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CTA Spring Performances

Coming in March 2017, CTA’s high school choir, Charger Voices, will be performing in the District 7 choral festival at Greenville High School. This will be the first time the choir has participated in festival and the choir students are working diligently to prepare. The choirs perform two prepared pieces and will also be required to sight read music for a judge. After they finish, the judge will work with the choir in an effort to help them grow and get better. This will be a great step for helping the CTA choral program continue to grow.

The CTA Drama Club is set to produce its first play. Auditions are complete, the show has been cast and come May, the CTA Drama club will be putting on the play, “Law and Order: Fairy Tale Unit.” The show is a comedic take on the popular Law and Order TV series and features some of the most beloved fairy tale characters and a Whodunit-style mystery. You will not want to miss this production which will be performed on Fri., May 19 and Sat., May 20.

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Coffee Time Schedule


Please join Dan George, CTA School Leader/Superintendent, for coffee and donuts. This time is set aside for parent-driven, small group conversation regarding school concerns, policies, suggestions and more. Please RSVP to dgeorge@ctachargers.org.

8 – 9:00 a.m. – CTA Cafeteria

Monday, Feb. 13

Monday, March 13

Monday, April 10

Monday, May 8

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January 26 Girl Scouts

27 Student Early Release – (2 hours early)

K-2 Dismissal at 12:50 p.m.

3-5 Dismissal at 1:00 p.m.

6-12 Dismissal at 12:40 p.m.

Popcorn Day

Basketball Game vs. Big Rapids Home School @ Cedar Springs Middle School

31 Basketball Game vs. WMAES

February 2 Girl Talk

3 EL Library Day

Basketball Game vs. WMAES

7 Basketball Game vs. West Michigan Lutheran (Girls Only)

10 Student Early Release – (2 hours early)

K-2 Dismissal at 12:50 p.m.

3-5 Dismissal at 1:00 p.m.

6-12 Dismissal at 12:40 p.m.

Basketball Game vs. Algoma Christian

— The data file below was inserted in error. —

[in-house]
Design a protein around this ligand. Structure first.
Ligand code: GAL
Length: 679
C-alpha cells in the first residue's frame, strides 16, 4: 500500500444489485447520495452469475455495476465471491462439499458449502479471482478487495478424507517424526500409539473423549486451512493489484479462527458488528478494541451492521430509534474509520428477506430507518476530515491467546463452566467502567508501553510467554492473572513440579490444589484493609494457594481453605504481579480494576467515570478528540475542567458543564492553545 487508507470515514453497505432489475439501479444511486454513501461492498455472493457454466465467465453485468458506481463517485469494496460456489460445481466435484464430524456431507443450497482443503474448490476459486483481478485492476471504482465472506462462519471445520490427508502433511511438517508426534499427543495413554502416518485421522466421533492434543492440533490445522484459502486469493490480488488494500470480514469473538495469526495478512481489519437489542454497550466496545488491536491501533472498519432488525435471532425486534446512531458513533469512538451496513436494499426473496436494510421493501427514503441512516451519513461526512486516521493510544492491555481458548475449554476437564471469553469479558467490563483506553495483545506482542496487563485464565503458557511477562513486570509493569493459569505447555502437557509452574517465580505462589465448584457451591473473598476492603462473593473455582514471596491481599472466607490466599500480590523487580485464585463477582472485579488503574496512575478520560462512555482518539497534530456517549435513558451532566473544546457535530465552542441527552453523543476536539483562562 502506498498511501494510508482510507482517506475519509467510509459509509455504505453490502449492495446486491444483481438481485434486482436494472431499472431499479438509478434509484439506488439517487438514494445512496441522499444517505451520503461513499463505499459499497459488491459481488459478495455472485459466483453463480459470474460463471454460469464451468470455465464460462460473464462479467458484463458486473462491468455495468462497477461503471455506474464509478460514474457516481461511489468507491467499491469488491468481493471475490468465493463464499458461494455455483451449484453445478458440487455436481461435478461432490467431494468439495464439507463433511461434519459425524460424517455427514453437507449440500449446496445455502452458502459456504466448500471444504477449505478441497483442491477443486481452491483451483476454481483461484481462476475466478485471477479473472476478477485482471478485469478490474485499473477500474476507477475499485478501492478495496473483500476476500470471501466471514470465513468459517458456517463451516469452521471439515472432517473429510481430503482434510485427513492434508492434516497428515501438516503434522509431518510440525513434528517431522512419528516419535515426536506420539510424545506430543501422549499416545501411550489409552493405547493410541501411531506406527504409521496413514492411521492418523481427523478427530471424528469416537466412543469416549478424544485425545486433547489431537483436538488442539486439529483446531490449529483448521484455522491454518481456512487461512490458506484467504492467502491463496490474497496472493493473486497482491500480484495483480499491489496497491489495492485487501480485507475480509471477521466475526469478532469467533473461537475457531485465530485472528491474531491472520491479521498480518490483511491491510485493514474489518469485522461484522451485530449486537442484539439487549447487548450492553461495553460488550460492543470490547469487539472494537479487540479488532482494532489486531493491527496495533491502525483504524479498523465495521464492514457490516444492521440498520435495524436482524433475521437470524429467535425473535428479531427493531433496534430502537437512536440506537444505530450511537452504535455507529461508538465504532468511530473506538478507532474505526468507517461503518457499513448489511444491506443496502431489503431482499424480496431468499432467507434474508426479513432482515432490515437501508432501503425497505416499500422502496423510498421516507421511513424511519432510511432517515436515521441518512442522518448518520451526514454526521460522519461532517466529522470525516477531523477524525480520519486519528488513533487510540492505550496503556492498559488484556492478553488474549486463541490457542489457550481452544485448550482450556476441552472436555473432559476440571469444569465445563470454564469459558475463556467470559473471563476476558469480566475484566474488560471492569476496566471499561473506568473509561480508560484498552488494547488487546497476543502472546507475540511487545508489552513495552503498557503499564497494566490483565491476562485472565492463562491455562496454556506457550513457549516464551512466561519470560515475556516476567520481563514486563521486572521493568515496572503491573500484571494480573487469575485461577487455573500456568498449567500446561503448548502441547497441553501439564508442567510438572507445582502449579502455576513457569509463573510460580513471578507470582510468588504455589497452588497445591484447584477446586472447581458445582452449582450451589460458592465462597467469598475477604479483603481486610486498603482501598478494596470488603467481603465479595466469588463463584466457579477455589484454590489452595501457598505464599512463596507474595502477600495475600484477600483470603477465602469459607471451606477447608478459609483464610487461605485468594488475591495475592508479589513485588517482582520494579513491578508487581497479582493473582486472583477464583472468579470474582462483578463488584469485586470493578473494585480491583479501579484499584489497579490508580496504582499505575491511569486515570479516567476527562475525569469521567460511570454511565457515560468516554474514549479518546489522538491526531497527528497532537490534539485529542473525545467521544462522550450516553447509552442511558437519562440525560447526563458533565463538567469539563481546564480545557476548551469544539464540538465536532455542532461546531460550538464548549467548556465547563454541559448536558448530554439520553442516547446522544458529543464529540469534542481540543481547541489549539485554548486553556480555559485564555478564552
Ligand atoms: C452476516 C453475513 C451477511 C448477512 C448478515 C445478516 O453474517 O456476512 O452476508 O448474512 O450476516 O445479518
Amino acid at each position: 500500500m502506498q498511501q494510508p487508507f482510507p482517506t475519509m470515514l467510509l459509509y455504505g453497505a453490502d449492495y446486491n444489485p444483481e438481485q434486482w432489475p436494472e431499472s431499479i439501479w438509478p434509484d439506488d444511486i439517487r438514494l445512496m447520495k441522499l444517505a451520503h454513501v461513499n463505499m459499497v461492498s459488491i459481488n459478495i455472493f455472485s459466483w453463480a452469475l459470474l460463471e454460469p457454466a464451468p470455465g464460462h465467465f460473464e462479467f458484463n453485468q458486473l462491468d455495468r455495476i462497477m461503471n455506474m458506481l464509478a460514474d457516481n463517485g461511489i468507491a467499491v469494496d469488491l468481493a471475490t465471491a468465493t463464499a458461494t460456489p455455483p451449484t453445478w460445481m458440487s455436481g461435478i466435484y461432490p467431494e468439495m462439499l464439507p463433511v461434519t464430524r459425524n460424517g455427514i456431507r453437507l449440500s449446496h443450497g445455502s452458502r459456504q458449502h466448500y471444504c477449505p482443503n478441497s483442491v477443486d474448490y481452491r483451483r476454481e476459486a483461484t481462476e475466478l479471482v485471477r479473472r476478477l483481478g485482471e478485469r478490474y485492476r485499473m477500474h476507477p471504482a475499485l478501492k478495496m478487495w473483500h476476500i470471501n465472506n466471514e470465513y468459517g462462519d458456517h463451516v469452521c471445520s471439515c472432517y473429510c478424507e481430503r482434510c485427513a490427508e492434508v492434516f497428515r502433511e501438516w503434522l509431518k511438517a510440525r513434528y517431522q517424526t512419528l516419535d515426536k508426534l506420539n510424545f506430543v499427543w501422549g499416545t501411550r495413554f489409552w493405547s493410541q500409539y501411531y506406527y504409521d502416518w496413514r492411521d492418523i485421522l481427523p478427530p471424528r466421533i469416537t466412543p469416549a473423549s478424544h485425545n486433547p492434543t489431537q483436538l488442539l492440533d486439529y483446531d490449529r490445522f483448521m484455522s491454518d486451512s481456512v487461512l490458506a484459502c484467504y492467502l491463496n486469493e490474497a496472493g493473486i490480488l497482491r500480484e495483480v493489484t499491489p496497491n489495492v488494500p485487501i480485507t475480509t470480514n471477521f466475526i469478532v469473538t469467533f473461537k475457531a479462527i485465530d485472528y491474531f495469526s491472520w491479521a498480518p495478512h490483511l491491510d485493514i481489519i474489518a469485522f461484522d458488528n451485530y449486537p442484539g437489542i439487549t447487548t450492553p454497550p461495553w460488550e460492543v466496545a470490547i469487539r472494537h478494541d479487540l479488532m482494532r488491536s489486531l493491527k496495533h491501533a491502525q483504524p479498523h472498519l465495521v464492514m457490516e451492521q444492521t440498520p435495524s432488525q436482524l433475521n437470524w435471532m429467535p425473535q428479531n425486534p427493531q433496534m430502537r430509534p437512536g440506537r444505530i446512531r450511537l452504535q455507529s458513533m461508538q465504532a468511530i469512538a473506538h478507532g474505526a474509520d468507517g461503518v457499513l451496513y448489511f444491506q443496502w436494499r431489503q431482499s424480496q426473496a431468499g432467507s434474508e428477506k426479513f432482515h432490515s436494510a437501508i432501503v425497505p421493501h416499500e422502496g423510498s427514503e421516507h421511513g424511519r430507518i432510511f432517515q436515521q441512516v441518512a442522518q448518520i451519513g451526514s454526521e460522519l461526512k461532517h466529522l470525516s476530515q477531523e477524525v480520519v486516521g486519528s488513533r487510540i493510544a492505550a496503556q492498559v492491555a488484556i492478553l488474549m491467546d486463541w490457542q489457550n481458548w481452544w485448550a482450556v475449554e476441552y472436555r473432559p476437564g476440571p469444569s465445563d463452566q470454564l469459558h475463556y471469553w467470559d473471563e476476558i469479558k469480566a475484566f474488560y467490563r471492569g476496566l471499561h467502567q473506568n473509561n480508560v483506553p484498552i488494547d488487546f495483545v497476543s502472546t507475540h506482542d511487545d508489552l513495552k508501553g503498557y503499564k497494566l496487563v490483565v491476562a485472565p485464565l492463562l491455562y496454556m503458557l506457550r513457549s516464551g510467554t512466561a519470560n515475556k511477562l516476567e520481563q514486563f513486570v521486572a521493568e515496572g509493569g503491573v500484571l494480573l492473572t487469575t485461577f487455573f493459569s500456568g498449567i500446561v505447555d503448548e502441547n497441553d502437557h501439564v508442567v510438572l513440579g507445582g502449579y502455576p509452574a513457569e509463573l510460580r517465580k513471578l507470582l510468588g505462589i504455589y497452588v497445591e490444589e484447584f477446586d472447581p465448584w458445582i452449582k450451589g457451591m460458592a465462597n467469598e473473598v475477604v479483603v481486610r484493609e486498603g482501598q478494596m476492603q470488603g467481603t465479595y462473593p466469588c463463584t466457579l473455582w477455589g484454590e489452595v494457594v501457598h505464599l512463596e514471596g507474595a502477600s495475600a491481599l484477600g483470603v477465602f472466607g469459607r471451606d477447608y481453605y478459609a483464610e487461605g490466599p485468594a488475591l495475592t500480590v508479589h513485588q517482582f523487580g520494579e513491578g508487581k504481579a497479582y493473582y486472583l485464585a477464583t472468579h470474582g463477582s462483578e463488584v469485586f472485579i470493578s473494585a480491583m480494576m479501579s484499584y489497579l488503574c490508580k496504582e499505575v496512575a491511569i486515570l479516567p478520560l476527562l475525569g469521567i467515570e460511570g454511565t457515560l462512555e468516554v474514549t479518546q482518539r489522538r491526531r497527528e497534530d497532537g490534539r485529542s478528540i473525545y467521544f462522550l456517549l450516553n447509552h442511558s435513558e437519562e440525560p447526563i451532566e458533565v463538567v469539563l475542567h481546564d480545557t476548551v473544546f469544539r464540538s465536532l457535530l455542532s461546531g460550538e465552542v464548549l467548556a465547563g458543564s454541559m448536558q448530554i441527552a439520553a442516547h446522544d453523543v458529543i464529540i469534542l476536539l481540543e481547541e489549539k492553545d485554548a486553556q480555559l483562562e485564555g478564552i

13 Coffee Time with School Leader

17 Student Early Release – (2 hours early)

K-2 Dismissal at 12:50 p.m.

3-5 Dismissal at 1:00 p.m.

6-12 Dismissal at 12:40 p.m.

Basketball Game vs. Wellspring Prep @ Grace Bible College

20 No School – Mid-Winter Break

21-23 Student-Led Conferences (HS Only)

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Elk hunting season recap – 2016

David Bowman of North Branch harvested a dream bull elk during Michigan’s December elk hunt. Photo courtesy Toby Parker.

David Bowman of North Branch harvested a dream bull elk during Michigan’s December elk hunt. Photo courtesy Toby Parker.

Michigan’s latest elk hunting season, considered the late or December hunt, is complete, and preliminary hunting results are in. A total of 100 state licenses were available—30 any-elk and 70 antlerless-only licenses.

“Fortunately, because of the nature of our elk season, we are really able to work closely with hunters,” said Department of Natural Resources wildlife biologist Shelby Hiestand. “The December hunt had a 92-percent success rate for our state hunters, which is great.”

During the nine-day hunt period, running Dec. 10-18, 54 cows, 29 bulls and nine calves were harvested. Weather was favorable, with some snowfall just before the season making it easier to track and see animals within the elk hunt unit. The December season allows hunters to take an elk within any elk management hunting unit, maximizing the 10-county hunting unit at the “tip of the mitt” of northern Michigan.